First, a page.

PROPHET’S PREY (Amy Berg) The director of Deliver Us From Evil and West of Memphis takes us deep into another explosive story, that of the Fundamentalist Church of Jesus Christ of Latter Day Saints. Exploring allegations of sexual abuse, family expulsions, forced marriages, and other horrors, this Sundance-premiered documentary paints an unforgettable portrait of conformity, fear, and oppression.
TWO SHOTS FIRED (Martín Rejtman) Veteran Argentine filmmaker Martin Rejtman brings his unique deadpan sensibility to the story of a sixteen-year-old who finds a gun in his house. He shoots himself out of boredom—but, after a near-miss with death, finds that the major change in his life is an annoying whistle in his chest, sabotaging the music he makes with an amateur recorder quartet. A disloyal dog, a strange vacation, and a bizarre cast of characters add up to a quietly anarchic comedy that channels Aki Kaurismäki and Roy Andersson’s A Swedish Love Story as it refuses to play by conventional narrative rules.
UNCLE KENT 2 (Todd Rohal) Kent Osborne, the mild-mannered animator whose mundane daily routines and love life fueled Joe Swanberg’s Uncle Kent, is desperate to make a sequel—an idea that excites precisely no one else. But when Swanberg gives Osborne his blessing to take the idea elsewhere, things takes a decidedly warped turn, as MFF favorite Todd Rohal takes over at the helm, steering the film deep into the realm of psychotronic dark comedy.
WESTERN (Bill and Turner Ross) In the neighboring towns of Eagle Pass, Texas and Piedras Negras, Mexico, a rugged cattleman and a populist mayor navigate changing times as the specters of cartel violence and xenophobia threaten harmonious cultural and economic exchanges between the U.S. and Mexico. Marked by muggy days and thunderous nights, this evocative and immersive documentary from the directors of 45365 and Tchoupitoulas delivers a thrilling mix of fascinating characters, riveting narrative, and extraordinary sensory detail.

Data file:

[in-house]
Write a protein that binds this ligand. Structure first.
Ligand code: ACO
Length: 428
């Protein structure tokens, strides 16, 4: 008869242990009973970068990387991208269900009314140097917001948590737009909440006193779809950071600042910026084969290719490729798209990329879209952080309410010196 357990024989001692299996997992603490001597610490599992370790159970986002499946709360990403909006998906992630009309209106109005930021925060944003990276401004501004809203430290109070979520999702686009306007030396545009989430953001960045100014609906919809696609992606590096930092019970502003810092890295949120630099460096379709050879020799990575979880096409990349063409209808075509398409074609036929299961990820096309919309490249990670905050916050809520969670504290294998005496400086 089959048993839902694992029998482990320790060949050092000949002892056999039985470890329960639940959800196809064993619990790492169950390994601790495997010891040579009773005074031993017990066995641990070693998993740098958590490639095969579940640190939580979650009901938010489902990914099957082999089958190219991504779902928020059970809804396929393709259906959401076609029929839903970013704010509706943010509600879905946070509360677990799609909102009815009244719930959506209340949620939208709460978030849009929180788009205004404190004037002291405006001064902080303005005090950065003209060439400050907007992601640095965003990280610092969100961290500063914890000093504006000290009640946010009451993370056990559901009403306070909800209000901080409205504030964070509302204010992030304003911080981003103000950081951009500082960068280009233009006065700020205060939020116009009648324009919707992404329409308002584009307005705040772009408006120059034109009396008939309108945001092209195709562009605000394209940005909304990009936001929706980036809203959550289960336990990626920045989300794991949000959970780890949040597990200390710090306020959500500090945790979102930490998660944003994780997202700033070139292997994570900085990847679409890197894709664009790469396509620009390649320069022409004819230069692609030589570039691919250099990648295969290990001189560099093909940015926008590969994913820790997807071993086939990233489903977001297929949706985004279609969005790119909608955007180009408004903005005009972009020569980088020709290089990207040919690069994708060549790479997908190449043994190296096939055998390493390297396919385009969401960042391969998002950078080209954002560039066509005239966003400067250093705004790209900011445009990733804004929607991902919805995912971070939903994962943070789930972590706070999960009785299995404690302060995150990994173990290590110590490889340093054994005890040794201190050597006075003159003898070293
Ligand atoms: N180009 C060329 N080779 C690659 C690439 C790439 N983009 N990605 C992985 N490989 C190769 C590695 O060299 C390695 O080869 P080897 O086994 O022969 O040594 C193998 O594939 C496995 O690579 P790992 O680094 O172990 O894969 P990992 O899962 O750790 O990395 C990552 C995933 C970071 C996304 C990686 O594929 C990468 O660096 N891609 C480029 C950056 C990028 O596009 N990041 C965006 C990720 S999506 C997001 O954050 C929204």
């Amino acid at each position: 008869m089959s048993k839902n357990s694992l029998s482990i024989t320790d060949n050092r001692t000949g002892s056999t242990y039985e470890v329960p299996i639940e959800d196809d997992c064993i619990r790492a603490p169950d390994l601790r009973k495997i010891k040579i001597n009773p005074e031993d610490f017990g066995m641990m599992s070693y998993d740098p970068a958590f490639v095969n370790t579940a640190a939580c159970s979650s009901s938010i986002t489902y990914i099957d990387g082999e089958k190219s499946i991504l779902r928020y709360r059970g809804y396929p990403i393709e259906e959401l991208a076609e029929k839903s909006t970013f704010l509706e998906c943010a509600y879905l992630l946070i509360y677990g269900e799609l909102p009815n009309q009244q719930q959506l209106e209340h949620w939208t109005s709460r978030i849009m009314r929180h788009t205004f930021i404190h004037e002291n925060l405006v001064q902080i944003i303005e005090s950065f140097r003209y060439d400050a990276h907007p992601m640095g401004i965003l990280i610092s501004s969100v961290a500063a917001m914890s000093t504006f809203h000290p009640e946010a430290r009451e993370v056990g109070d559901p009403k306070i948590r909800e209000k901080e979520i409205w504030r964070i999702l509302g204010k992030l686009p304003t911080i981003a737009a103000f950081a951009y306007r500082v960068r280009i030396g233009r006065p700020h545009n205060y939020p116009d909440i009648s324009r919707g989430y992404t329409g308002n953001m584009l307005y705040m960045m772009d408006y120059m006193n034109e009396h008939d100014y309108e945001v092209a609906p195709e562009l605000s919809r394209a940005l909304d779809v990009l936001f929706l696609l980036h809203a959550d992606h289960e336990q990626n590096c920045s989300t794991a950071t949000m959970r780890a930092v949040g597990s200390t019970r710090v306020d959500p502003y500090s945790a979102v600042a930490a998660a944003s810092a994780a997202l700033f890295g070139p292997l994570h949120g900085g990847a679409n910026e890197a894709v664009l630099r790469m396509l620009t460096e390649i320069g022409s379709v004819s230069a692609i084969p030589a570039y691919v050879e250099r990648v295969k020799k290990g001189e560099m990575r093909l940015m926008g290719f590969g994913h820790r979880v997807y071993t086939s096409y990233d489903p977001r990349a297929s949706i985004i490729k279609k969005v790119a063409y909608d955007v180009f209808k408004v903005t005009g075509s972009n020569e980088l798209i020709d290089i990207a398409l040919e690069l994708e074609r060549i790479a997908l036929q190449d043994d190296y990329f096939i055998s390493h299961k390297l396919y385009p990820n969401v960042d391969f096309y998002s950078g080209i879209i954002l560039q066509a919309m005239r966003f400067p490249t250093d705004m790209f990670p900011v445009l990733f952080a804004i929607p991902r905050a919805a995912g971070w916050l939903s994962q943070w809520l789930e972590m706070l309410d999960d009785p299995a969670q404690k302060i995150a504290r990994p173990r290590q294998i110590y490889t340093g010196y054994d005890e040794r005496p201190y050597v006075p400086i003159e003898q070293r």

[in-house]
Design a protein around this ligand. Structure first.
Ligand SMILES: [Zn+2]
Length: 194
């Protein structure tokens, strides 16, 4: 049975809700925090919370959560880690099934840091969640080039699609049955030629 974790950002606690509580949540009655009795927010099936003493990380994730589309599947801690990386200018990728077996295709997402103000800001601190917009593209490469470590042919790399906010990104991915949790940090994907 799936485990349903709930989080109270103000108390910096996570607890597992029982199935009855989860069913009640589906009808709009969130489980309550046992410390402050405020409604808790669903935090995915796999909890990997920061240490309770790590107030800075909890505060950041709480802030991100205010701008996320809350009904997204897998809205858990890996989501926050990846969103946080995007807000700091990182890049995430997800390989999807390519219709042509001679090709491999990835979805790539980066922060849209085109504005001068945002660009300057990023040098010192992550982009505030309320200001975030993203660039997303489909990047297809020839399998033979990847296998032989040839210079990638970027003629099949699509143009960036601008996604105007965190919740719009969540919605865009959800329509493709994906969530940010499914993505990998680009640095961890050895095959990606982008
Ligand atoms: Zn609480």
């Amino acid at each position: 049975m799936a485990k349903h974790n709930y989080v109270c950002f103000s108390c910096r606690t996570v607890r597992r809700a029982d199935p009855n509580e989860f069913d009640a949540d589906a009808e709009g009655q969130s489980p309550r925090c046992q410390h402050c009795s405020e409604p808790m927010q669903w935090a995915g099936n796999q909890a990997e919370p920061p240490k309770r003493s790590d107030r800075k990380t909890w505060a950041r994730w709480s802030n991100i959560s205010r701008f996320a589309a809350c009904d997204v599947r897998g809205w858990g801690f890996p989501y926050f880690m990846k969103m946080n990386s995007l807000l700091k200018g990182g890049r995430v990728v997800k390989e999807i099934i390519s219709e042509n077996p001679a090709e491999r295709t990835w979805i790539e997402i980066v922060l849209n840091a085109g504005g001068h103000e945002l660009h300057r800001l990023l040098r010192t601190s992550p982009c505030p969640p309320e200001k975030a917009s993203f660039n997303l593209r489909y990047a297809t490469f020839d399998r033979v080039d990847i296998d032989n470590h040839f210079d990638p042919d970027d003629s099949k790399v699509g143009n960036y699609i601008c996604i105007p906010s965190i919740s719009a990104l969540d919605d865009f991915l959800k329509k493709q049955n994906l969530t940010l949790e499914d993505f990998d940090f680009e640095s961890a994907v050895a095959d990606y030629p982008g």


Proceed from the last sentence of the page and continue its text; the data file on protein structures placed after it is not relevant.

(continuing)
The initial list, released last week, included:
"THE BLACK PANTHERS: VANGUARD OF THE REVOLUTION" (Stanley Nelson): Master documentarian Stanley Nelson has demonstrated an unparalleled ability to bring history to life with films such as "Freedom Summer"; "The Murder of Emmett Till"; and "Jonestown: The Life and Death of Peoples Temple." Here he turns his lens on the revolutionary Black Panther Party and the various cultural forces that worked to support or destroy the group, creating an essential portrait of a singular radical moment in the American experience.
"BREAKING A MONSTER" (Luke Meyer): Viral-video sensation Unlocking the Truth, a teenage metal band from Brooklyn, navigate the bizarre current state of the record industry in this fascinating, fist-pumping, and often hilarious documentary. Fresh from its premiere at SXSW, this exceptional rock doc follows the band as they sign a major-label record deal and are suddenly caught up in an adult-driven world of contracts, tours, interviews, and branding. From Luke Meyer, co-director of MFF 2006 hit "Darkon."
"FUNNY BUNNY" (Alison Bagnall): The writer/director of "The Dish & the Spoon" returns with this offbeat, infectious mix of comedy and drama. Kentucker Audley stars as an obesity-awareness canvasser who strikes up a friendship with a wealthy, emancipated 19-year-old named Titty (Olly Alexander) and the animal-rights-activist object of Titty's desire, Ginger (Joslyn Jensen). Co-starring Josephine Decker, Louis Cancelmi, and Anna Margaret Hollyman.